Utah D/S Inpections - Passed, just barely

Again, I know it's a yellow bike, but I wanted to finish the thread I started a few days ago.

Thought I post the results of my trip to the local Big-O tires yesterday. My DRZe was titled previously in Oregon as a street bike, but it was full-dirt when it came to me. The title looks clean though, so it is not just a MSO.

The Big-O guy looked at my bike and immediately commented on the lack of signals. I explained the "rules" in Utah and told him honestly that it was a technicallity that it did not orgianally come with signals so it did not need to have signals now. He commented something about these converted dirt bikes being very dangerous and not completely legal. He was never completely convinced, but seemed to just shrug his shoulders and go on. For reference, he never checked the tires, nor was he concerend that the horn wasn;t very loud. I got the feeling that they are more concerend about the bikes looking street legal as opposed to being street legal. At least that's what I've found in the past.

For what it's worth I have some signals from past bikes that I was going to put on temporarily if it became a problem. I guess I don't need to worry about it again until next year!

Very dangerous as opposed to what...? A custom chopper..? A 200mph crotch rocket..? Sounds like he just didn't like bikes.

Just curious, does the Title for your bike have the original frame number on it? You know, the one with "3" or "C" in the eighth position? When Iowa (used to) Title these bikes for street, they designated them as "Reconstructed" and issued (and actually applied to the frame) a whole new VIN.

Now some administrator is retroactively trying to apply the former "donor" frame number to these legally reconstructed bikes and have seized all the Titles and plates... except mine. I refuse to surrender them. That bike had a valid Title when I purchased it, and I placed $5,500 worth of unquestioned faith in that document issued by the state. A Title is a valuable and negotiable asset and I am fighting bitterly for mine. I will not subsidize bureaucratic incompetence twice.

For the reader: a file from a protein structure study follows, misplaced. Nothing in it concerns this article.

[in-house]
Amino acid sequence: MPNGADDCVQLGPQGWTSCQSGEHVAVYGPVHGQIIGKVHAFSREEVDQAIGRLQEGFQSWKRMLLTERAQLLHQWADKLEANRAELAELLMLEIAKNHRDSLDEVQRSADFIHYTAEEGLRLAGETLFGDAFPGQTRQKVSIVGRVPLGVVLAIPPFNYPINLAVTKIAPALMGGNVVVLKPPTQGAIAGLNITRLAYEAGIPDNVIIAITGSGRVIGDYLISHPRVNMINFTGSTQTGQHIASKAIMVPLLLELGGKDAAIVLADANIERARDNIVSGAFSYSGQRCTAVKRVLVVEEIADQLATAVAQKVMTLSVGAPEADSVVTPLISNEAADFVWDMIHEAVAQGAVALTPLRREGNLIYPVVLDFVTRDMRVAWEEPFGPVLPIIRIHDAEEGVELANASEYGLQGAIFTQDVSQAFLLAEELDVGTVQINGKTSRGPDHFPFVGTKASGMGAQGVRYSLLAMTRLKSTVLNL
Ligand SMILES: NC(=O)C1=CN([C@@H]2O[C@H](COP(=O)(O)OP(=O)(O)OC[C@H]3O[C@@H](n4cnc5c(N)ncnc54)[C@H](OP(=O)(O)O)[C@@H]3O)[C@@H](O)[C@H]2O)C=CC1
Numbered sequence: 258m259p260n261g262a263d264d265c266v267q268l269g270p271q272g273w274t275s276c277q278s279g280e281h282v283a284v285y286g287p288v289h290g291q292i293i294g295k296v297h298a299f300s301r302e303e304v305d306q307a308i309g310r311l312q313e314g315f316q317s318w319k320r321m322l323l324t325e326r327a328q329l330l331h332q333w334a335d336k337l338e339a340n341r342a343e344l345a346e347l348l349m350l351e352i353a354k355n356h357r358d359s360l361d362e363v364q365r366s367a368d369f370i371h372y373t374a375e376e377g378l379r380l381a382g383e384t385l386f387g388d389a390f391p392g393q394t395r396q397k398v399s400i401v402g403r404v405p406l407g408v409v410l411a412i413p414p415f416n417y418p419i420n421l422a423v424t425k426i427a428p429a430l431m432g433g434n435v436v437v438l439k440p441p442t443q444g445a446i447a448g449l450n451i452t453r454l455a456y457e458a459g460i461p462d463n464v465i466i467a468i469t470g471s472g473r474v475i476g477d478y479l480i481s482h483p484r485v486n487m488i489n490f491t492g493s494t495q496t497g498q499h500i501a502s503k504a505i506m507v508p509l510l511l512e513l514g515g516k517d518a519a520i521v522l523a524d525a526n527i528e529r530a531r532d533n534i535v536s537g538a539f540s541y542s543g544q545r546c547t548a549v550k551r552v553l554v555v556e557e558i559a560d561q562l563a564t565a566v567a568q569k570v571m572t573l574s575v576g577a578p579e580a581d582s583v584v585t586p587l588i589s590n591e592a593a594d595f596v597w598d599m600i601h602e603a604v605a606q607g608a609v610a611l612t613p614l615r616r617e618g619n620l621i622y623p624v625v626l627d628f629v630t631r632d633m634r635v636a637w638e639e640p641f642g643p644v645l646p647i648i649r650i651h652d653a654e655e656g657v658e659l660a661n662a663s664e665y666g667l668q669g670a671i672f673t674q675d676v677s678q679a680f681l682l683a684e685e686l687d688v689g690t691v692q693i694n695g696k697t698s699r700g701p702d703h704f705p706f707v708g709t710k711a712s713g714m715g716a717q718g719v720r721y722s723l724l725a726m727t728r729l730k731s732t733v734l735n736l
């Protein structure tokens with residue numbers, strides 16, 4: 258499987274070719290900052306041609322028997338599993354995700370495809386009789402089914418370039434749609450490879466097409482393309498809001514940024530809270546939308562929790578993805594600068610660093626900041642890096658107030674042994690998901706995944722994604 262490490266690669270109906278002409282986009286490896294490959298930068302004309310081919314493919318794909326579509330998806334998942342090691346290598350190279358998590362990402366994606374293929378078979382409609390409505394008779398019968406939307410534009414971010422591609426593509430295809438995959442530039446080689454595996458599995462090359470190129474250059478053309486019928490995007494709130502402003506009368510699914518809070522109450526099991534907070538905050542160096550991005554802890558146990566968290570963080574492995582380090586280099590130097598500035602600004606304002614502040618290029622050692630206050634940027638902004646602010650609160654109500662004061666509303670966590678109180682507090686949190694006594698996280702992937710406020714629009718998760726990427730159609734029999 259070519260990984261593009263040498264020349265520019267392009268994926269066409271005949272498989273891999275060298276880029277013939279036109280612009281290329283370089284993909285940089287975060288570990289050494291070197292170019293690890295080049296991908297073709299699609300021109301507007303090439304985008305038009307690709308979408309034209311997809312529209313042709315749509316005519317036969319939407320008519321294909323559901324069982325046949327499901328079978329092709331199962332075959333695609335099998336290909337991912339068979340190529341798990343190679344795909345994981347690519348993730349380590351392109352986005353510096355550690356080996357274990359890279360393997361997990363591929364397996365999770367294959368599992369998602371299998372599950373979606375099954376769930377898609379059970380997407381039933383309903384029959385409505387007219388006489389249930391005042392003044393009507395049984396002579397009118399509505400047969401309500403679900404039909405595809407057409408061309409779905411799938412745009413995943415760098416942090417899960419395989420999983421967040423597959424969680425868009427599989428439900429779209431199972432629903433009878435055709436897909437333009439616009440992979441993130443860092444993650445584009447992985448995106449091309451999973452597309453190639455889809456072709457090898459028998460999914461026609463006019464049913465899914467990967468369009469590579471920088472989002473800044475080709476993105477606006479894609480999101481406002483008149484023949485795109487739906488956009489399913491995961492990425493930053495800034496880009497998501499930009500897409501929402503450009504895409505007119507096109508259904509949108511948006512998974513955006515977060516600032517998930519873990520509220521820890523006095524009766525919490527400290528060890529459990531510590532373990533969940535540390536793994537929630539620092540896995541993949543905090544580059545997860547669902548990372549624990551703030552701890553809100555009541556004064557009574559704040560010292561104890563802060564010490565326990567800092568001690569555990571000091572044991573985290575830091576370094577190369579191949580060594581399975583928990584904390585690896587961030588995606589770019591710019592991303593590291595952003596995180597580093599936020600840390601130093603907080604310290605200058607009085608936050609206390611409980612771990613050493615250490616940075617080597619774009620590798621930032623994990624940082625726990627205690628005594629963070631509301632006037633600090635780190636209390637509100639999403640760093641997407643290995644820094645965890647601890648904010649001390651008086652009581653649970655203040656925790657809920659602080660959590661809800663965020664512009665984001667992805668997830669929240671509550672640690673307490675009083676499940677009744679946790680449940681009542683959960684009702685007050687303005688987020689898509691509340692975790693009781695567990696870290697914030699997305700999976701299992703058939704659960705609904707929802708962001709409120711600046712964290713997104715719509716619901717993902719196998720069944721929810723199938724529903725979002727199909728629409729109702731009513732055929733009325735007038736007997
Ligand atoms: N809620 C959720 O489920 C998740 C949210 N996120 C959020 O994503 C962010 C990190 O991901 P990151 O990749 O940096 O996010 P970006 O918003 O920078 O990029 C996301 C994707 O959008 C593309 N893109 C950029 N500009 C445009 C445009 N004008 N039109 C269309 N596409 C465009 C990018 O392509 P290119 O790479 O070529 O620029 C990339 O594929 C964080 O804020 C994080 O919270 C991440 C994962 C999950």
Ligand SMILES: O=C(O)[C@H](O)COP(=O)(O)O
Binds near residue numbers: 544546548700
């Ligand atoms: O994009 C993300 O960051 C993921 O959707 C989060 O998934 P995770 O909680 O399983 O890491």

I still have my Title and current plate, and I am now seeking Legislative action to keep them. If all else fails, I need to find a state that will issue a title that does not use Yamaha's frame number (or find a Canadian frame). I could then transfer that Title without Iowa's "great computer" flagging the number.

Another legal option is to find a junk bike with a valid (street) Title, and integrate the portion of the frame with the frame number into my new "homemade" frame. It is all B.S., but I will never let the bureau-rats win. I will use their own rules against them.

(These options, incidently, were suggested to me by the DOT's own Supervisor of Vehicle Enforcement, who agrees with my legal and moral position, and has refused to send his armed officers to physically confiscate my legal property until this matter is resolved. I had received a letter from the State threatening to do this if I did not "surrender"...) :D

As I said, there are legal "loopholes" around Iowa's action, but I want to force the State to reinstate everyone's Title and to ensure the future liberty of all Iowans to build their own vehicle. My local Yammie dealer just called this week to let me know that the first WR450 was on his floor and I have first shot at it... No good to me until this matter is resolved... :)

Good stories. Are we really touring the country with these or are we using them to connect good dirt trails???

Very dangerous??? Uh, ok. Whatever. What exactly would make the normal street legal DRZ safer???

Next time take it to Darren at Valley Cycles in Provo. He inspects only bikes.

There is a lot of mis-information in Utah (other states I'm sure) about what is exactly required to have your bike street legal. In Utah, here is the law, copied right from the Utah State Code:

41-6-154.50. Motorcycles -- Required equipment -- Brakes.

(a) Every motorcycle and every motor-driven cycle shall be equipped with the following items, which shall comply with the regulations of the department:

(1) one head lamp which, when factory equipped with an automatic lighting ignition system, shall not be disconnected;

(2) one tail lamp;